Advice for new college students from not-so-new college students

(Page 2 of 3)

Kieran Lynch
St. John’s University
Kellenberg Memorial High School

There are two types of college students: the type you hang out with and create countless memories with, and the type who goes home the second he gets out of his last class for the week, gets his laundry done by his mom and isn’t heard from until he gets back Sunday night.

Be the first type. Stick around on weekends and get involved. That’s how you’ll make friends, get the most out of your time at school … and even learn to do your own laundry.

Grace Poppe
University of Dayton
Carey High School

Usually, when I tell people from home where I go to college, they give me an incredulous look, followed by a sputtering, “Why?” Then, when I tell them I’m an English major, I typically sense their skepticism and hear a polite, “Oh, that’s nice. You’re doing something you like.”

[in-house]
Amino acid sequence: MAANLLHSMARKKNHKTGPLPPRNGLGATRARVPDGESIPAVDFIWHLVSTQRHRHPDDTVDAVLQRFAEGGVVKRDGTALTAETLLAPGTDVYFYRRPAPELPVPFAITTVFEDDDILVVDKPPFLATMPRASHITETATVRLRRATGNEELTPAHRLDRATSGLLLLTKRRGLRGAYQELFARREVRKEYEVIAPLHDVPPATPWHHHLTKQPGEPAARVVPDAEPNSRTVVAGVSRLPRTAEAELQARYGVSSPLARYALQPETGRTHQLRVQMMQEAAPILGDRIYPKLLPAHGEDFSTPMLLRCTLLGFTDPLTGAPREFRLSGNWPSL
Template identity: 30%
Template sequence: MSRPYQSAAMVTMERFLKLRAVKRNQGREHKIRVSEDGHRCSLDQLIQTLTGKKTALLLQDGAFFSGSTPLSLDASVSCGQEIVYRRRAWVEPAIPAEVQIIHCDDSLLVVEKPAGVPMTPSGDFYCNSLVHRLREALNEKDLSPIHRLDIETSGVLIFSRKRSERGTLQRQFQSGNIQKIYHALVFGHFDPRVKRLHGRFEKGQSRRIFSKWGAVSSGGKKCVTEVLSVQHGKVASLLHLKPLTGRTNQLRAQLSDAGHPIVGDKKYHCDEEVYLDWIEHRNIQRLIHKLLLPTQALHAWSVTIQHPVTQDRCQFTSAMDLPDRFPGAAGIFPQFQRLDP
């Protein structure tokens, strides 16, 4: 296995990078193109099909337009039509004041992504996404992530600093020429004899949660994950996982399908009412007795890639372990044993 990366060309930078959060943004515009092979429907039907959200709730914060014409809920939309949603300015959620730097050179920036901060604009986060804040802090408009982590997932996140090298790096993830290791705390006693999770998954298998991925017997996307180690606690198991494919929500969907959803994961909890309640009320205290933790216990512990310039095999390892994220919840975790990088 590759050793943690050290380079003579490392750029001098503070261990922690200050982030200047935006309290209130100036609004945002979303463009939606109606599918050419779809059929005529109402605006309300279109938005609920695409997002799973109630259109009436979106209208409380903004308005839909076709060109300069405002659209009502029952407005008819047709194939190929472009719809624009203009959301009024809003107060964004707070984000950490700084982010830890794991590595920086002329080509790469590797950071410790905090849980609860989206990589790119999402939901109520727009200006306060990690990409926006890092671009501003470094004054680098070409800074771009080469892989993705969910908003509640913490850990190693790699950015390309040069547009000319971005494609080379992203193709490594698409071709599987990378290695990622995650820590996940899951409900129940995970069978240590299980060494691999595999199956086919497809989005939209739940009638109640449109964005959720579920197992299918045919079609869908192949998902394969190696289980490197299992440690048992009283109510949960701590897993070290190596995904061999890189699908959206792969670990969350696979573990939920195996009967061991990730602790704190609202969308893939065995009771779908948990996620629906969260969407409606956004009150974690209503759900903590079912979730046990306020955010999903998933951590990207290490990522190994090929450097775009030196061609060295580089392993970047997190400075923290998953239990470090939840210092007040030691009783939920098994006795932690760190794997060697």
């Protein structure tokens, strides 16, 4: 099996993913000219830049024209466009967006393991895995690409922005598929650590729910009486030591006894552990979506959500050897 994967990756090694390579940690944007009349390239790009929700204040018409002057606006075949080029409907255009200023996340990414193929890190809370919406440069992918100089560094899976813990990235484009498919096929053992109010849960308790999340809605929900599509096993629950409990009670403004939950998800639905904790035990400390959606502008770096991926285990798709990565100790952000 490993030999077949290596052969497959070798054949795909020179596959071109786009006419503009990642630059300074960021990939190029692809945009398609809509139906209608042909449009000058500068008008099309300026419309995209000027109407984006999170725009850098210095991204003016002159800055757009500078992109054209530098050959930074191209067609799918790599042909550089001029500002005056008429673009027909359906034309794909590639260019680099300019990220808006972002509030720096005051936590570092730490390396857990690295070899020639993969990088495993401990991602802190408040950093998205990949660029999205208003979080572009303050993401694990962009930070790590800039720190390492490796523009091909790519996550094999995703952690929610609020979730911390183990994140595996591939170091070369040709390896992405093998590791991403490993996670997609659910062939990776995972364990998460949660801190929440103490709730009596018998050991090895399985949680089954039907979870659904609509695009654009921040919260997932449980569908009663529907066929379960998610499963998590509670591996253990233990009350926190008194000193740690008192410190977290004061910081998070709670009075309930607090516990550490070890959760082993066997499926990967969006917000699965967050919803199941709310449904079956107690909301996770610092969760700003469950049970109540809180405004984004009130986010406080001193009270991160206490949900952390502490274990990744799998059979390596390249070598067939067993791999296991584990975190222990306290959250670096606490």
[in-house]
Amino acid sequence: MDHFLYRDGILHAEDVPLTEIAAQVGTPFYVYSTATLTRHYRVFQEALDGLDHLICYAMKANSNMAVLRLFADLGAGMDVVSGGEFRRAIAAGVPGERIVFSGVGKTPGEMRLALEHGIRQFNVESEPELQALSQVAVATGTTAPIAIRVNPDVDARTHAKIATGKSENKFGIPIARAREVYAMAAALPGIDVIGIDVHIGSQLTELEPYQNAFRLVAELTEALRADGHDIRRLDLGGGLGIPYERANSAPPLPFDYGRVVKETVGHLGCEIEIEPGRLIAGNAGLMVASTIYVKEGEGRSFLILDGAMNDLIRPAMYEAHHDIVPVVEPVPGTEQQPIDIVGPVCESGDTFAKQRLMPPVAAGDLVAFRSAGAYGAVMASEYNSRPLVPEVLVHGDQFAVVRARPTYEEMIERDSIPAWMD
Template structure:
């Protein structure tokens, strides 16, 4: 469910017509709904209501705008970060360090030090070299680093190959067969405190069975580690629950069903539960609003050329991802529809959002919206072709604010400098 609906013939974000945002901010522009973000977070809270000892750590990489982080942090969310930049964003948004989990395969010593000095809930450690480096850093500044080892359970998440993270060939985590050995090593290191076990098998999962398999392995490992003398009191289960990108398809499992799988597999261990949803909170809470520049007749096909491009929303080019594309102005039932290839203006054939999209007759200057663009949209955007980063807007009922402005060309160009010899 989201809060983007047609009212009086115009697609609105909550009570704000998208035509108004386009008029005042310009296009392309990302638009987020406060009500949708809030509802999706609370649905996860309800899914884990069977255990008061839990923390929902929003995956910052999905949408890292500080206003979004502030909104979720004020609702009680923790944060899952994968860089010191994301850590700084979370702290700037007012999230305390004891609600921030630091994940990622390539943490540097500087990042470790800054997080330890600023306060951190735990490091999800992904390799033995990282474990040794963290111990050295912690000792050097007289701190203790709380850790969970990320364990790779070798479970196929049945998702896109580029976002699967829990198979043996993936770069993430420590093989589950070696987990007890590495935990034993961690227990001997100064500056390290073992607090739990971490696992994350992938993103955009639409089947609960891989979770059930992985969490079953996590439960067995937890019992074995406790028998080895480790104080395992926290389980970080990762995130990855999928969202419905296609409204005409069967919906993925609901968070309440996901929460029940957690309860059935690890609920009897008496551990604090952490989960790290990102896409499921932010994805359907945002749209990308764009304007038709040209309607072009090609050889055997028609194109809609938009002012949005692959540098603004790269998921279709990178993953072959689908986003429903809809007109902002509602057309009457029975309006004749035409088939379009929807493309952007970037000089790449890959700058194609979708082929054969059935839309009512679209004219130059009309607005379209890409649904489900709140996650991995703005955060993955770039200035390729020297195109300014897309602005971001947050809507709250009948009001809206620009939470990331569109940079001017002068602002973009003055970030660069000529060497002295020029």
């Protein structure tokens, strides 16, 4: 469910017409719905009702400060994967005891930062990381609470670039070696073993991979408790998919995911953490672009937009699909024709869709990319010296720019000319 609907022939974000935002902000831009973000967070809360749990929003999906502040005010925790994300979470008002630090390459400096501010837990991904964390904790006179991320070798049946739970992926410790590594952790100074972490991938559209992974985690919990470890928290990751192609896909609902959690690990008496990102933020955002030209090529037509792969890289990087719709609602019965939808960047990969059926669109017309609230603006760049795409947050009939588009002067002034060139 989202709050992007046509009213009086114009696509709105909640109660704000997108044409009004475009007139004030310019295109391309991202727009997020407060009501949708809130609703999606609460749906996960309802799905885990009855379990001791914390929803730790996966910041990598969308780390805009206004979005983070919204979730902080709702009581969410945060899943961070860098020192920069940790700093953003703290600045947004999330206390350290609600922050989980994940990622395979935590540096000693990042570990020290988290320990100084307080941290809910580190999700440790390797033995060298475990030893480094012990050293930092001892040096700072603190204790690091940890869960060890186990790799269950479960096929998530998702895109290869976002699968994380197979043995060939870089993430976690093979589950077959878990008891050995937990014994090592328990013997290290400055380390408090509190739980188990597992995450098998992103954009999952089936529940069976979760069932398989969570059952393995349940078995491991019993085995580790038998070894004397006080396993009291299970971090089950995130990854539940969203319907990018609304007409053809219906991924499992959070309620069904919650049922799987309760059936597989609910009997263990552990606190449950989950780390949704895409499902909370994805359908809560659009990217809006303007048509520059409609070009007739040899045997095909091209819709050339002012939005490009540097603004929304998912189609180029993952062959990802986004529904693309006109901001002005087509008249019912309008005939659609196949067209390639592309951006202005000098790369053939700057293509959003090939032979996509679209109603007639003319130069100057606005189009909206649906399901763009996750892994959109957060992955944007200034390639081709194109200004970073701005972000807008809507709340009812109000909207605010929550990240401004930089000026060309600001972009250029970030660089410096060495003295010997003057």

So my advice is not to listen to the skeptics. If you feel drawn to a certain school and a certain major, there’s a good reason. I absolutely love Dayton and the people there, and wouldn’t change my choice or my experience for anything.

If you’re feeling anxious about your choice of college because not everybody else approves, don’t. And once you get there, pick the major that you want, and change it 10 times if you feel so inclined. The skeptics are often the ones who didn’t do that, and wish they did. Do what you love.

Jason Brendler
University of Maryland
Hewlett High School

Go to class, and keep an open mind. A lot of college kids think it’s all right to skip classes because in most cases they’re not mandatory. But that’s how you fall behind, and falling behind is the most stressful thing you can go through.

Stay on top of the material, and not only will you have to study less when it’s exam time, but you’ll feel more comfortable throughout the year.

It’s important to keep an open mind because you’ve gone from living in a community you’ve probably been in your whole life to one full of all different kinds of people from all over the country, and even the world. Don’t limit yourself to the things you already know. Instead, take the initiative to meet new people, try new things, join a club, play a sport or otherwise venture out of your comfort zone. It will help you adjust, stand out and enjoy the experience to the fullest.
Page 2 / 3